After an athlete medals at the Olympics, life gets hectic; Michael Spencer explains

February 17th, 2014 by

Behind the scenes, agents—as they’re known—are a playing a huge role in the marketing and promotion of your favorite skiing athletes. Of course, they’re acting as legal representatives, too, negotiating contracts and what not, but for the purposes of this short blurb, we’re highlighting the agents’ roles in managing the Olympic medalists’ media schedules, in the minutes, hours, days and weeks following the conclusion of competition.

One of the most respected agents in the world of freeskiing is a man by the name of Michael Spencer. Spencer’s client list is impressive, to say the least. He’s been around this game for many years, and in addition to representing his athletes, he’s also a co-founder of the Association of Freeskiing Professionals, and the Sarah Burke Foundation, too. (The late Sarah Burke was one of his clients.) Bottom line: he’s a great supporter of, and advocate for the sport we all hold dear.

Here, at the Games (or any other major contest, for that matter), you’d find Spencer on competition day hanging down in the finish corral, nerves running high, screaming in support of his guys and gals. And we mean screaming. This week at Rosa Khutor, among other successes, his own Gus Kenworthy and Dara Howell skied their way to Olympic medals; and this is when Spencer kicks into overdrive.

As Spencer explains it:

The first 24 hours [after an athlete medals at the Olympics] are crazy. It’s a whirlwind. Everything happens so fast for these guys. [Among the agents] they call it “managing victory,” so, there’s kind of a process depending on the country. Because the medal ceremony is always at a certain time every day, it kind of dictates what the process is, so, for the slope athletes, for me, Gus [Kenworthy] and Dara [Howell], as soon as the event was over, there’s a press conference at the on-hill media center, and then it’s a quick rush down to the Main Media Center, down in Adler, where they do another large press conference. After that is the awards ceremony, and after the medals presentation, they end up going to their respective “houses,” so for Gus, we went to the USA house along with Joss [Christensen] and Nick [Goepper], and they’re introduced to everyone at USOC [United States Olympic Committee], and all the sponsors and everything else. From there, we went to the IBC [International Broadcasting Center], and started doing a bunch of the NBC stuff. So, you always start with the television rights holders: for the U.S. it’s NBC, for Canada it’s CBC, and pretty much for the next 24 hours you’re locked in with that, and then you move on to the affiliates of those networks. The athletes just don’t even know what’s next, they just get pulled, and we’re just there to make sure that we’re pointing them in the right direction after every interview.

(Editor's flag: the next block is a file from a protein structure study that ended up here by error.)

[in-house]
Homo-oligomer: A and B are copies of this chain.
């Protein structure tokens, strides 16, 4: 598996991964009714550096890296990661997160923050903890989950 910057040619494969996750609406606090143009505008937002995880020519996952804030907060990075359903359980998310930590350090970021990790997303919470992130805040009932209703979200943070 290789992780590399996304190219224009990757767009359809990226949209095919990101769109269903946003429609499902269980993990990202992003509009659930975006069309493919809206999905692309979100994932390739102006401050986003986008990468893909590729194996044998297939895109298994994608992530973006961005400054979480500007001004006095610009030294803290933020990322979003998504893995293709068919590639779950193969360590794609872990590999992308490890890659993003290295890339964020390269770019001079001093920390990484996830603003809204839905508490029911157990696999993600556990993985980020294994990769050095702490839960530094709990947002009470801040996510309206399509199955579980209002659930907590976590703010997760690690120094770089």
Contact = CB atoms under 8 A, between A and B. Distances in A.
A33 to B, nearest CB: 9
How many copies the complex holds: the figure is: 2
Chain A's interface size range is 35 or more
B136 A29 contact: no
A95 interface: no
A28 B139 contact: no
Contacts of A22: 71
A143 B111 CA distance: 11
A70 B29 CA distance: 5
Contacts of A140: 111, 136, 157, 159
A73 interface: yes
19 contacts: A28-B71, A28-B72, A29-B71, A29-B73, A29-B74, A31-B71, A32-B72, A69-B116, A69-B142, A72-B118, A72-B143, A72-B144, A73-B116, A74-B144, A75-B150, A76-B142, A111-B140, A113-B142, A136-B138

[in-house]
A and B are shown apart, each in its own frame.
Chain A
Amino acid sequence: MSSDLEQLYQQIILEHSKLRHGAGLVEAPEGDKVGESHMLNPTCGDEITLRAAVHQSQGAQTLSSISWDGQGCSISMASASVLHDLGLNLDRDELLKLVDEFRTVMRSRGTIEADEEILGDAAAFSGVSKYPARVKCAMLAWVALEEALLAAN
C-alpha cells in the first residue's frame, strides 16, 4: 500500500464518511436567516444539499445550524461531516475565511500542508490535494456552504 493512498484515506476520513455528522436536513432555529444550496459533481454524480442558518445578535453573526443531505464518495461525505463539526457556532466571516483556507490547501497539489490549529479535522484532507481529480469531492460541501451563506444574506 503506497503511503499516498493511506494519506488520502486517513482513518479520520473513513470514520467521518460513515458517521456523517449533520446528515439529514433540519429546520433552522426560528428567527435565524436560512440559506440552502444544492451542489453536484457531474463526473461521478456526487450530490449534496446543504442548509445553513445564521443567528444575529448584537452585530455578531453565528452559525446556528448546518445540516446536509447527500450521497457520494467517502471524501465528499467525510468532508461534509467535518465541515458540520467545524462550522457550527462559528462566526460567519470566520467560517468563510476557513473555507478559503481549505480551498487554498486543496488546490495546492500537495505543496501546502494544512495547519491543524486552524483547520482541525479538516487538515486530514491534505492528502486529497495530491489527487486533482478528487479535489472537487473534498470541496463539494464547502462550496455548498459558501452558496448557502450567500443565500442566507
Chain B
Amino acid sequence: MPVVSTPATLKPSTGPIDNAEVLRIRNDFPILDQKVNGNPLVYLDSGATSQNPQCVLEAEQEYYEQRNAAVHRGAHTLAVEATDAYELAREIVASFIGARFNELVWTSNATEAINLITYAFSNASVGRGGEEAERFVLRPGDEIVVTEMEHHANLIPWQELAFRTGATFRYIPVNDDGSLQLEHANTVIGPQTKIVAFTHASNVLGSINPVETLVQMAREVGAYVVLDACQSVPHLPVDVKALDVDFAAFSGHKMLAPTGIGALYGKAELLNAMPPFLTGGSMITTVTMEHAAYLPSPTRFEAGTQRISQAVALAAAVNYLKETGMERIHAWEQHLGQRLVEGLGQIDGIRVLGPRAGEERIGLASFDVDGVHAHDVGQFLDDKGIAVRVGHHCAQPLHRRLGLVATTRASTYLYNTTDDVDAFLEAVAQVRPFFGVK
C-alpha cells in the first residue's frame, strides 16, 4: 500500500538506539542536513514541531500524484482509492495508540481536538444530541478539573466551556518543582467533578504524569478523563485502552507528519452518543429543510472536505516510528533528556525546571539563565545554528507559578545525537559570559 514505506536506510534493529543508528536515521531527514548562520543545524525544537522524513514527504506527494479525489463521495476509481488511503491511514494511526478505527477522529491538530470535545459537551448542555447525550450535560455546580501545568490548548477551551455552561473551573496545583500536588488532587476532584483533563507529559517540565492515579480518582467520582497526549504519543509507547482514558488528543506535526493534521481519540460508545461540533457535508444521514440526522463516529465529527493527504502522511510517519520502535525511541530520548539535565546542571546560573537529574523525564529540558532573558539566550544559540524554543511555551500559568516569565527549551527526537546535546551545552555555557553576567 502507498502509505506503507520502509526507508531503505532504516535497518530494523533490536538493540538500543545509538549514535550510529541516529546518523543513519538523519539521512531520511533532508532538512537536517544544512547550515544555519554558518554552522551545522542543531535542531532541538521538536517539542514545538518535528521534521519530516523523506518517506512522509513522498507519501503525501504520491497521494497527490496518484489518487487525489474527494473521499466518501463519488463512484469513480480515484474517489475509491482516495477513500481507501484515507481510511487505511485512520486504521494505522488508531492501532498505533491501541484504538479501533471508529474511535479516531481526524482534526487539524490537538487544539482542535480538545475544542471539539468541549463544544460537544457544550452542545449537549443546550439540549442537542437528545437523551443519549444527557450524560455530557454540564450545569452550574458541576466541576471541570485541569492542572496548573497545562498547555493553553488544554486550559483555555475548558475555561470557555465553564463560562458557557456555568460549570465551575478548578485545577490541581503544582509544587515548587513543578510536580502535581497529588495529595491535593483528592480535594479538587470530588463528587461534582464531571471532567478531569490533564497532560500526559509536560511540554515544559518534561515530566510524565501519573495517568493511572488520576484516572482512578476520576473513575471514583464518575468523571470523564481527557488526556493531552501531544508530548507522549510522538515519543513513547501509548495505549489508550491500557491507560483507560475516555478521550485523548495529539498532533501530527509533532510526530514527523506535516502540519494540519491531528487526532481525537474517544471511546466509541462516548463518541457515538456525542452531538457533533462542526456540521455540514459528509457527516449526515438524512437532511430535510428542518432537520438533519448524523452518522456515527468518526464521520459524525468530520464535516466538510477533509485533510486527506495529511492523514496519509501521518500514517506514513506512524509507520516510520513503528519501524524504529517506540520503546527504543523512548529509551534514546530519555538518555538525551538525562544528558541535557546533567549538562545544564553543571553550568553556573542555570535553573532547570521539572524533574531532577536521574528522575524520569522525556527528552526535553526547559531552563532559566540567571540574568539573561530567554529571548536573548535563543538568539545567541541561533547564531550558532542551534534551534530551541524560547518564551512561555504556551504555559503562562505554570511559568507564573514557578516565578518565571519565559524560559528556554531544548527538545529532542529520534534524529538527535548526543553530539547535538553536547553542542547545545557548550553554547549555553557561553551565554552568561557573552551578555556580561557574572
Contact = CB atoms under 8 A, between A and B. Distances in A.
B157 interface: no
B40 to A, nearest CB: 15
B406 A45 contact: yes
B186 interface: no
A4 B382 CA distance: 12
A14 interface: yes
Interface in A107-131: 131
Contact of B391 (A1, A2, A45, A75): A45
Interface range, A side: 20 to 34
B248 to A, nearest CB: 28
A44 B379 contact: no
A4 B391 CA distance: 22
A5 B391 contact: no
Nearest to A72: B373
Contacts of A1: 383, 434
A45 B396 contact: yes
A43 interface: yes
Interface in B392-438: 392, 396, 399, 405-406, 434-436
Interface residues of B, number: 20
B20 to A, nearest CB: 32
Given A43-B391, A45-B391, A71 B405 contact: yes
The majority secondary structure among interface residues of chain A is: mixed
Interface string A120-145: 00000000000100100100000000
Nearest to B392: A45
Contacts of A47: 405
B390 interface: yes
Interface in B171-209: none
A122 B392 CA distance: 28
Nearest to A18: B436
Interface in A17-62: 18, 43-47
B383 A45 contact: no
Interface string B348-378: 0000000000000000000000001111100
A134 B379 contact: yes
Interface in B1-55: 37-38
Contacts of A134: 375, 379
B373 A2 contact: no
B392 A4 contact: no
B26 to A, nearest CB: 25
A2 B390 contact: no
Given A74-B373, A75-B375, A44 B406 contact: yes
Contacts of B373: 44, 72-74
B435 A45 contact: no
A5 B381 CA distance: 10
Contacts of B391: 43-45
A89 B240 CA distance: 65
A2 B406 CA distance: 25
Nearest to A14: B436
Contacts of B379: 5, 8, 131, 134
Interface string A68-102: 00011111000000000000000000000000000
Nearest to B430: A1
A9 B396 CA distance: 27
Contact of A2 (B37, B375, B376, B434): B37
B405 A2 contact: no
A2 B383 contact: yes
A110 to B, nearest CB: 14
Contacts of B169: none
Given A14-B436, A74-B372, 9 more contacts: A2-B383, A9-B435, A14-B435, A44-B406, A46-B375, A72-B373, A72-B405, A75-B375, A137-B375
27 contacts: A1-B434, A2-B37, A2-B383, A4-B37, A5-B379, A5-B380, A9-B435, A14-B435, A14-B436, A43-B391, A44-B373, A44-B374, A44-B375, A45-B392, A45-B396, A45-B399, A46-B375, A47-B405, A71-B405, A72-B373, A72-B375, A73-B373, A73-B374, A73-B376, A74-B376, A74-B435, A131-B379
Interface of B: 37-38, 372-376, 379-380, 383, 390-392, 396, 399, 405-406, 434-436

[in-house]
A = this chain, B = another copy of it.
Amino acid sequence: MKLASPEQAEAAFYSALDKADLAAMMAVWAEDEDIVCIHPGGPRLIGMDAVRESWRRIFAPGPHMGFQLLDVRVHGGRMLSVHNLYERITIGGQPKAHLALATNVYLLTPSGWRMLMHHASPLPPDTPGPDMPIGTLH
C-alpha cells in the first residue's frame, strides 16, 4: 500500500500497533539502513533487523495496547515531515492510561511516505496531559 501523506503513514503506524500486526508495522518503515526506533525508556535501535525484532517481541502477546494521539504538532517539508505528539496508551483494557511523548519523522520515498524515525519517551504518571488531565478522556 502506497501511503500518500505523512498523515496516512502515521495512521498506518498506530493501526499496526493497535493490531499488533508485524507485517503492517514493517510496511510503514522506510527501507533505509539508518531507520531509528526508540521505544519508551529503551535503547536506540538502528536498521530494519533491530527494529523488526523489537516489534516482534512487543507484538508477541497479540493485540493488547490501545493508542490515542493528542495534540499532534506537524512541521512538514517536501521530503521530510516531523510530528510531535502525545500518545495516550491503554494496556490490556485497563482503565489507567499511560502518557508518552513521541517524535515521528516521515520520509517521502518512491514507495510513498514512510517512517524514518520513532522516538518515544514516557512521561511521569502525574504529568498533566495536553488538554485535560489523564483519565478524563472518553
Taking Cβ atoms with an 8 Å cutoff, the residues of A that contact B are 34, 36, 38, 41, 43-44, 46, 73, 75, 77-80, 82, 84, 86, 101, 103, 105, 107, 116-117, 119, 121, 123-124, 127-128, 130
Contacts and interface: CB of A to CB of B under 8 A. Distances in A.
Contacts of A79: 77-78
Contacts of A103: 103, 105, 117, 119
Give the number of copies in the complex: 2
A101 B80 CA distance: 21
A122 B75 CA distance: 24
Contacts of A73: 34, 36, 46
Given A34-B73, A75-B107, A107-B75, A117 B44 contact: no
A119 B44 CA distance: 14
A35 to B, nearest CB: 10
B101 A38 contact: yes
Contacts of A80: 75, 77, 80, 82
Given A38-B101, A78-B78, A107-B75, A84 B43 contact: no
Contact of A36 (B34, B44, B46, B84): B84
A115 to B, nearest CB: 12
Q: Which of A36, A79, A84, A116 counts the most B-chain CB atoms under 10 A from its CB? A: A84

Fortunately, when someone medals, it’s pretty big news and [the media] knows who they want to speak with, so [they] start reaching out directly to the USOC, or there’s a lot of producers that I’ve gotten to know over the years… no matter who they reach out to as a point person, eventually [in regards to the athletes I represent] all those requests end up in my inbox and or my voicemail. From there, it’s a question of trying to figure the scheduling out. Especially when you have so many different requests. I’m sure I’m not the only one who’s been juggling, you know, “Do we do Fallon or Letterman?” You have to kind of balance, and make the right decisions, and sometimes those shows are able to lock in a better time [for you], enabling the athletes to do more media, so, it’s just a juggle.

[For example,] Gus will fly out this week, he’ll go to New York, the plan is to do Letterman, and then we’ll pack it out from there: some more of the morning shows… He’s done a ton of Today Show, so we’ll probably do some Good Morning America, CNN, Anderson Cooper has reached out, Ellen DeGeneres has reached out, so eventually we’ll get him out to LA, and it’ll be a whirlwind tour.

[In regards to sending these guys back to the U.S. early,] I think on this one, it’s a no brainer. The Olympic closing ceremony is a special night for the athletes, for sure. I know it’s when finally they’re all relieved, regardless of medals or non medals, that it’s all over. The stress of getting here, we all saw, in slope and pipe for the U.S. guys is outrageous, right? Trying to qualify and all that… So, [closing ceremony] is when it all kind of unleashes, and from what I’ve been told, it’s quite the party, as well. But, these guys are fortunate to do opening ceremony, which is huge, too, and this [media] stuff is time sensitive these days, even more so than it has been in years past, just with social media growth and everything, so it’s easy [for the media] to kind of move on to the next best thing, so you have to be like, “OK, we need to make a decision, do you want to do closing ceremony? Or do you want to get on this media train and ride it out as far as we can?”

Related: Olympic silver medalist, Gus Kenworthy, recounts Sochi experience thus far

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About the author:
Henrik Lampert loves hot dogs, backflips, the Boston Bruins and Norway. Twenty-seven years old and a Massachusetts native, he's the Editor of Freeskier Magazine and Freeskier.com—a proud staffer since 2010.